A bomb in Londonderry was an attempt by dissident republican group the New IRA to murder police officers, the PSNI has said.
The bomb was found after up to 80 police officers took part in a security search targeting the New IRA on Monday.
Fifteen families had to leave their homes after the discovery of the device in Creggan Heights, but they have since returned home after it was made safe.
Police said the bomb “would have killed or maimed anyone near it”.
More than 40 petrol bombs and other missiles were thrown at police during the security search.
Police said a crowd of between 60 and 100 young people confronted officers and at least two of the young people suffered burn injuries when they tried to attack the police cordon with petrol bombs.
No police officers were injured.
Assistant Chief Constable Mark Hamilton said the command wire initiated improvised explosive device was discovered in a car parked in the area.
He said it contained commercial explosives and was in an “advanced state of readiness.”
It was made safe by Army bomb disposal experts at about 04:00 BST.
‘No regard for life’
ACC Hamilton said officers believed the bomb was to be used against a police patrol in the area.
“This is not a car bomb, it is a smaller device but could have had really devastating consequences,” he said.
Those responsible had “no regard for the lives of anyone living in Creggan” and had “exploited some of the young people in the community to attack police”, he added.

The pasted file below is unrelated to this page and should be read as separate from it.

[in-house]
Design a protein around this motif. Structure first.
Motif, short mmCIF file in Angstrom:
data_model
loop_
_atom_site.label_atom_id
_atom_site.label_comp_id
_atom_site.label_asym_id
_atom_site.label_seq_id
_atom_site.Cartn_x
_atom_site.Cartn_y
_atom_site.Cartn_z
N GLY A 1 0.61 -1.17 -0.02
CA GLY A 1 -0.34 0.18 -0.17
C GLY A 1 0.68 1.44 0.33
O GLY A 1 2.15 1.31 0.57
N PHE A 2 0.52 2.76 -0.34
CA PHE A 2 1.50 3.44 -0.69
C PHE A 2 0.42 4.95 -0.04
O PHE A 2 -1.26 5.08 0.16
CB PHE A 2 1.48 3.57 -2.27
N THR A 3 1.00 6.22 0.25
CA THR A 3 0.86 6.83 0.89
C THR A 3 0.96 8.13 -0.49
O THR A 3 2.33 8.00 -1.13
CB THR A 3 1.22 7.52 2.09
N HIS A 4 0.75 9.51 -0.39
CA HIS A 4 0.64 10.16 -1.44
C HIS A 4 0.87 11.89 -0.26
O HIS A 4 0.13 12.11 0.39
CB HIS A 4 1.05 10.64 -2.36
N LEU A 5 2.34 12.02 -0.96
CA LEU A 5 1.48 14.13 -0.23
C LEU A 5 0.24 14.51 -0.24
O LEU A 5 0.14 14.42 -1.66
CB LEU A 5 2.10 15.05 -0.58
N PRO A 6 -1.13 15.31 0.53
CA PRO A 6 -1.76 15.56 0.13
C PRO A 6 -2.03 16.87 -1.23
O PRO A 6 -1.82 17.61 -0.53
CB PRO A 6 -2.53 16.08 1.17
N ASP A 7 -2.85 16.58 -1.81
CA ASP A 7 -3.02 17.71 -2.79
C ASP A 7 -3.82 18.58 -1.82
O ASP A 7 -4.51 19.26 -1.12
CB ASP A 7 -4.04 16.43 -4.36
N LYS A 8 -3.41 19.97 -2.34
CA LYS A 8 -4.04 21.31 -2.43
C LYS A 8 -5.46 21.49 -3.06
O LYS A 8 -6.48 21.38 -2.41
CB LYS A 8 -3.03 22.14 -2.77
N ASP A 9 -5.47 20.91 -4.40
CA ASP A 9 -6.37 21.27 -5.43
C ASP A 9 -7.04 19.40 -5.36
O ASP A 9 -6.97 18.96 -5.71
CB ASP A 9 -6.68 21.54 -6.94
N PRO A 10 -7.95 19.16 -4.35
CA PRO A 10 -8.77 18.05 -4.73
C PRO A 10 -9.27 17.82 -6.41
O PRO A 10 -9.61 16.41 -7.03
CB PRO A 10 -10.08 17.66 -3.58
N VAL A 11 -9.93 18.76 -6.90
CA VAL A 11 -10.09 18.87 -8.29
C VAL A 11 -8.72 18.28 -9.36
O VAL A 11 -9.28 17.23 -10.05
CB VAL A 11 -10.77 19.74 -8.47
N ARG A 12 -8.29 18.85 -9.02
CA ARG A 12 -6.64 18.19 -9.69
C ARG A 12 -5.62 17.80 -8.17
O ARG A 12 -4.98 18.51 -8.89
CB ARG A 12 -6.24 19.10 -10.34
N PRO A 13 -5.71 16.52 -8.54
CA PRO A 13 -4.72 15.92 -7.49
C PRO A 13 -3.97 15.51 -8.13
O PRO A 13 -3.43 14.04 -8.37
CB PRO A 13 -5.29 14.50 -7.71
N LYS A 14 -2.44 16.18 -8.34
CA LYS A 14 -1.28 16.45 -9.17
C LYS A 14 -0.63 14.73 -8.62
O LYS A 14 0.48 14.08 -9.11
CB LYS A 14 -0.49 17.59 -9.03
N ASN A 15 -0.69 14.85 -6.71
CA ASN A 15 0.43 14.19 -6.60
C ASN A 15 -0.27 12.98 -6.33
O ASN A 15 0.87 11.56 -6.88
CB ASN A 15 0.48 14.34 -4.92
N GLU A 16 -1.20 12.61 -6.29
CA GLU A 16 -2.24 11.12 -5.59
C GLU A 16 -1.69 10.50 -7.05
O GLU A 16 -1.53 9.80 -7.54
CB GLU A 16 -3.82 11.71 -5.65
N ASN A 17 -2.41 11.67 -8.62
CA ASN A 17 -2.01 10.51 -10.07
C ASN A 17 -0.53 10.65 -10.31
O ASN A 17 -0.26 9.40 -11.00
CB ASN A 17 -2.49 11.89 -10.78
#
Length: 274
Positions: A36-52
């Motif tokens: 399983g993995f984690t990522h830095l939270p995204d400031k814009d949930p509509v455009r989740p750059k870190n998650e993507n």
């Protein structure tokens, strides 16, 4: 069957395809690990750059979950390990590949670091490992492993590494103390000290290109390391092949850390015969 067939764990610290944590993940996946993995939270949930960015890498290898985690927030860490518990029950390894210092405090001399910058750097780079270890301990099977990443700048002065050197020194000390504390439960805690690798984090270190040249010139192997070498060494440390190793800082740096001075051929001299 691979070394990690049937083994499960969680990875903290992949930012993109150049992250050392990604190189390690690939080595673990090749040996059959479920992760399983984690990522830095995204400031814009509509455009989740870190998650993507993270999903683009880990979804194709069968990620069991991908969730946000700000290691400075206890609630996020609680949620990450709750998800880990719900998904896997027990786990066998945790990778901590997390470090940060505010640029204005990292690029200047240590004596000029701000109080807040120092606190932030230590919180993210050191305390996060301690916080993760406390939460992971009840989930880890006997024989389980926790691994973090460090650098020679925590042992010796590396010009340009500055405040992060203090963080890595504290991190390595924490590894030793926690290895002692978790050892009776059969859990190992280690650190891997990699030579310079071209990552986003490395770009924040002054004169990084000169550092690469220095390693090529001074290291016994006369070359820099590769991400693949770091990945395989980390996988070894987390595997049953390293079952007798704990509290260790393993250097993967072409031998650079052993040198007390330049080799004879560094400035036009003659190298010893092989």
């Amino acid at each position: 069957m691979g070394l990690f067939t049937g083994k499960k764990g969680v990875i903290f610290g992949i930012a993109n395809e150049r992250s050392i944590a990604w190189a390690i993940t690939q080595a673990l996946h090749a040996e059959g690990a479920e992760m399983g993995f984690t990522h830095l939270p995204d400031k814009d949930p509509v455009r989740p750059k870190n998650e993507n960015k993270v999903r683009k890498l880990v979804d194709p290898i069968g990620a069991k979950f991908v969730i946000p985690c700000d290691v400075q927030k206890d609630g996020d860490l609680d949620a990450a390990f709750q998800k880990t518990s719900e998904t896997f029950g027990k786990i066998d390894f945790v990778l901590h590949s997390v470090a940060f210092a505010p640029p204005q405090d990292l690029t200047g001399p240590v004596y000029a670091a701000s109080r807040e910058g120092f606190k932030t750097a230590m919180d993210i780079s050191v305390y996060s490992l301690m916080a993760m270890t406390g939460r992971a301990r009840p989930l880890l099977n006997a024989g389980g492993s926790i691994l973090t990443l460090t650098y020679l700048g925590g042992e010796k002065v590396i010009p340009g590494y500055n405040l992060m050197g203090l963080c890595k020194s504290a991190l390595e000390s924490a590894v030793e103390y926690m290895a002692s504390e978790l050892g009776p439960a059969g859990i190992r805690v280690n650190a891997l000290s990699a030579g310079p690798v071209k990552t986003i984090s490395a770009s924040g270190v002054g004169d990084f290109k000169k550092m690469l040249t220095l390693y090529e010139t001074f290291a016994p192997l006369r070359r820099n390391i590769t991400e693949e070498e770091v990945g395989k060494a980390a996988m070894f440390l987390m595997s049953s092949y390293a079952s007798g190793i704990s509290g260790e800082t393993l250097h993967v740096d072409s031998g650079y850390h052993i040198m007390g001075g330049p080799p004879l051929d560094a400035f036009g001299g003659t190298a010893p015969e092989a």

Police said they would remain at the scene and a “full terrorist investigation” was under way.
Sinn Féin’s Karen Mullan said people living in Creggan were “angry and disgusted” and those responsible were not “listening to the community”.
“There is no justification whatsoever for rioting or attacking the police when they are in to do their job,” she said.
Journalist Lyra McKee was shot dead during rioting in Creggan in April while standing near a police 4×4.
Fr Joseph Gormley, who anointed Ms McKee on the night she was shot, said had the bomb not been found and diffused, “we could have had another loss of life”.
The New IRA later said its members had murdered the 29-year-old, who was shot in the head when a masked gunman fired towards police and onlookers.
Monday’s police operation in Creggan followed the discovery of a mortar bomb in Strabane, County Tyrone, on Saturday, which police blamed on the New IRA.